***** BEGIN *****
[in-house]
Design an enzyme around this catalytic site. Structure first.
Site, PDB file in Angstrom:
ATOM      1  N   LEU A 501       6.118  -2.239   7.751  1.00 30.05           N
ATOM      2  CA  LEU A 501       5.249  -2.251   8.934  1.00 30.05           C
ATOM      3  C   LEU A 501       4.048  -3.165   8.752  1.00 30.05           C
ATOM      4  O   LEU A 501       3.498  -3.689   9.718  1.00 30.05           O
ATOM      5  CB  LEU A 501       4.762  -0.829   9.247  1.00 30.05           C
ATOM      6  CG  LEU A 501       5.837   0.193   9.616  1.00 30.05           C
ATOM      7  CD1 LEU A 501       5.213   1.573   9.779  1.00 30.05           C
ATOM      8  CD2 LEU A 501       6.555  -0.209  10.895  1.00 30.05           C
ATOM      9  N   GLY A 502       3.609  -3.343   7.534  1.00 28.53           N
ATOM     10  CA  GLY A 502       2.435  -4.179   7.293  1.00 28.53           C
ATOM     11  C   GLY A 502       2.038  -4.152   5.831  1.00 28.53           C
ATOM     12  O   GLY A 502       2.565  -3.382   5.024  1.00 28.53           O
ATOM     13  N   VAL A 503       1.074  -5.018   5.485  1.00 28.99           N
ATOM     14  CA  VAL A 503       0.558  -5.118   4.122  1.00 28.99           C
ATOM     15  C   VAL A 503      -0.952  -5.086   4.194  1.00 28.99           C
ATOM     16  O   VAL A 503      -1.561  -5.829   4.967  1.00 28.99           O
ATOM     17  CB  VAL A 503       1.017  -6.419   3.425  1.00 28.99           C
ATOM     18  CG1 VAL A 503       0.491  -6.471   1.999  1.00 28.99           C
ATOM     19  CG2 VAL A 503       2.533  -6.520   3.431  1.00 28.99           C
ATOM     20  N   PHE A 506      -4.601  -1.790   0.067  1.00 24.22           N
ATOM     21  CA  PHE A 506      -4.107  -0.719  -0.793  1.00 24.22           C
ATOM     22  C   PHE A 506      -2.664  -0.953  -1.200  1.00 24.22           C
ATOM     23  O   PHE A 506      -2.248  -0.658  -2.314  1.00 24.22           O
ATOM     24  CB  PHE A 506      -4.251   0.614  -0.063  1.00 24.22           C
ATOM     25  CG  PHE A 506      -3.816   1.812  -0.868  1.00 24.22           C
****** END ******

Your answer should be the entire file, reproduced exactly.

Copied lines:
[in-house]
Design an enzyme around this catalytic site. Structure first.
Site, PDB file in Angstrom:
ATOM      1  N   LEU A 501       6.118  -2.239   7.751  1.00 30.05           N
ATOM      2  CA  LEU A 501       5.249  -2.251   8.934  1.00 30.05           C
ATOM      3  C   LEU A 501       4.048  -3.165   8.752  1.00 30.05           C
ATOM      4  O   LEU A 501       3.498  -3.689   9.718  1.00 30.05           O
ATOM      5  CB  LEU A 501       4.762  -0.829   9.247  1.00 30.05           C
ATOM      6  CG  LEU A 501       5.837   0.193   9.616  1.00 30.05           C
ATOM      7  CD1 LEU A 501       5.213   1.573   9.779  1.00 30.05           C
ATOM      8  CD2 LEU A 501       6.555  -0.209  10.895  1.00 30.05           C
ATOM      9  N   GLY A 502       3.609  -3.343   7.534  1.00 28.53           N
ATOM     10  CA  GLY A 502       2.435  -4.179   7.293  1.00 28.53           C
ATOM     11  C   GLY A 502       2.038  -4.152   5.831  1.00 28.53           C
ATOM     12  O   GLY A 502       2.565  -3.382   5.024  1.00 28.53           O
ATOM     13  N   VAL A 503       1.074  -5.018   5.485  1.00 28.99           N
ATOM     14  CA  VAL A 503       0.558  -5.118   4.122  1.00 28.99           C
ATOM     15  C   VAL A 503      -0.952  -5.086   4.194  1.00 28.99           C
ATOM     16  O   VAL A 503      -1.561  -5.829   4.967  1.00 28.99           O
ATOM     17  CB  VAL A 503       1.017  -6.419   3.425  1.00 28.99           C
ATOM     18  CG1 VAL A 503       0.491  -6.471   1.999  1.00 28.99           C
ATOM     19  CG2 VAL A 503       2.533  -6.520   3.431  1.00 28.99           C
ATOM     20  N   PHE A 506      -4.601  -1.790   0.067  1.00 24.22           N
ATOM     21  CA  PHE A 506      -4.107  -0.719  -0.793  1.00 24.22           C
ATOM     22  C   PHE A 506      -2.664  -0.953  -1.200  1.00 24.22           C
ATOM     23  O   PHE A 506      -2.248  -0.658  -2.314  1.00 24.22           O
ATOM     24  CB  PHE A 506      -4.251   0.614  -0.063  1.00 24.22           C
ATOM     25  CG  PHE A 506      -3.816   1.812  -0.868  1.00 24.22           C